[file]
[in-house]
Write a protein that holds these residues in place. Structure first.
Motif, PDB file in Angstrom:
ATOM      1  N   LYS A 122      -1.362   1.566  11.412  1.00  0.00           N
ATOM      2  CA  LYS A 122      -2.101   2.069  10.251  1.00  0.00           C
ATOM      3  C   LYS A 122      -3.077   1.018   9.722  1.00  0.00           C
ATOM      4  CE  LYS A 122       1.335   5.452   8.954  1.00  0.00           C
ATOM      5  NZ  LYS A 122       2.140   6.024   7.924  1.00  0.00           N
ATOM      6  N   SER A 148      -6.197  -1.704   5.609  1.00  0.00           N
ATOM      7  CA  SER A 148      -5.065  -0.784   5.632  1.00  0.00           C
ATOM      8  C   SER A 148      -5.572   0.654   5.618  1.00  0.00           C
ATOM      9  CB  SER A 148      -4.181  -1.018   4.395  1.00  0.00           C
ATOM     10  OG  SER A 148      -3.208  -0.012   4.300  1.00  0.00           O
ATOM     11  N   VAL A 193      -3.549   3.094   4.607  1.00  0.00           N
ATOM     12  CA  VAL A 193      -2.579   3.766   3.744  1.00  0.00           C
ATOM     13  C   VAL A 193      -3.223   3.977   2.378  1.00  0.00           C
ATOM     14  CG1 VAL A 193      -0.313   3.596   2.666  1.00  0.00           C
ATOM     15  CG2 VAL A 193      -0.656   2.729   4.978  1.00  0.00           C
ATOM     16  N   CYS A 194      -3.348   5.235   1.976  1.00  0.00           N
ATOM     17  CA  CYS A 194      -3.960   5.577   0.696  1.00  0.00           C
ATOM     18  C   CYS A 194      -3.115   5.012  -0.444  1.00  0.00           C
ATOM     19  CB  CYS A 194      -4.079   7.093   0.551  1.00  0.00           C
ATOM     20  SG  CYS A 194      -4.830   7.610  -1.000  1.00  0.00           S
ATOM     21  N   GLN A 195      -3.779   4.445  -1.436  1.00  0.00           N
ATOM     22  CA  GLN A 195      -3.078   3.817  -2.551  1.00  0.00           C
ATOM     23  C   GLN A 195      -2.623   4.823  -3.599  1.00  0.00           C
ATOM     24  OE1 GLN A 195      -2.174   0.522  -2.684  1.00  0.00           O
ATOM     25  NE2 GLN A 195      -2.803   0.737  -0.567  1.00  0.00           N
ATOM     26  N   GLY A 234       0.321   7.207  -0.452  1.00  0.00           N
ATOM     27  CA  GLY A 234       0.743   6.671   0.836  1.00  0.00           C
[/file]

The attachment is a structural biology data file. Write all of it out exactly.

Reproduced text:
[in-house]
Write a protein that holds these residues in place. Structure first.
Motif, PDB file in Angstrom:
ATOM      1  N   LYS A 122      -1.362   1.566  11.412  1.00  0.00           N
ATOM      2  CA  LYS A 122      -2.101   2.069  10.251  1.00  0.00           C
ATOM      3  C   LYS A 122      -3.077   1.018   9.722  1.00  0.00           C
ATOM      4  CE  LYS A 122       1.335   5.452   8.954  1.00  0.00           C
ATOM      5  NZ  LYS A 122       2.140   6.024   7.924  1.00  0.00           N
ATOM      6  N   SER A 148      -6.197  -1.704   5.609  1.00  0.00           N
ATOM      7  CA  SER A 148      -5.065  -0.784   5.632  1.00  0.00           C
ATOM      8  C   SER A 148      -5.572   0.654   5.618  1.00  0.00           C
ATOM      9  CB  SER A 148      -4.181  -1.018   4.395  1.00  0.00           C
ATOM     10  OG  SER A 148      -3.208  -0.012   4.300  1.00  0.00           O
ATOM     11  N   VAL A 193      -3.549   3.094   4.607  1.00  0.00           N
ATOM     12  CA  VAL A 193      -2.579   3.766   3.744  1.00  0.00           C
ATOM     13  C   VAL A 193      -3.223   3.977   2.378  1.00  0.00           C
ATOM     14  CG1 VAL A 193      -0.313   3.596   2.666  1.00  0.00           C
ATOM     15  CG2 VAL A 193      -0.656   2.729   4.978  1.00  0.00           C
ATOM     16  N   CYS A 194      -3.348   5.235   1.976  1.00  0.00           N
ATOM     17  CA  CYS A 194      -3.960   5.577   0.696  1.00  0.00           C
ATOM     18  C   CYS A 194      -3.115   5.012  -0.444  1.00  0.00           C
ATOM     19  CB  CYS A 194      -4.079   7.093   0.551  1.00  0.00           C
ATOM     20  SG  CYS A 194      -4.830   7.610  -1.000  1.00  0.00           S
ATOM     21  N   GLN A 195      -3.779   4.445  -1.436  1.00  0.00           N
ATOM     22  CA  GLN A 195      -3.078   3.817  -2.551  1.00  0.00           C
ATOM     23  C   GLN A 195      -2.623   4.823  -3.599  1.00  0.00           C
ATOM     24  OE1 GLN A 195      -2.174   0.522  -2.684  1.00  0.00           O
ATOM     25  NE2 GLN A 195      -2.803   0.737  -0.567  1.00  0.00           N
ATOM     26  N   GLY A 234       0.321   7.207  -0.452  1.00  0.00           N
ATOM     27  CA  GLY A 234       0.743   6.671   0.836  1.00  0.00           C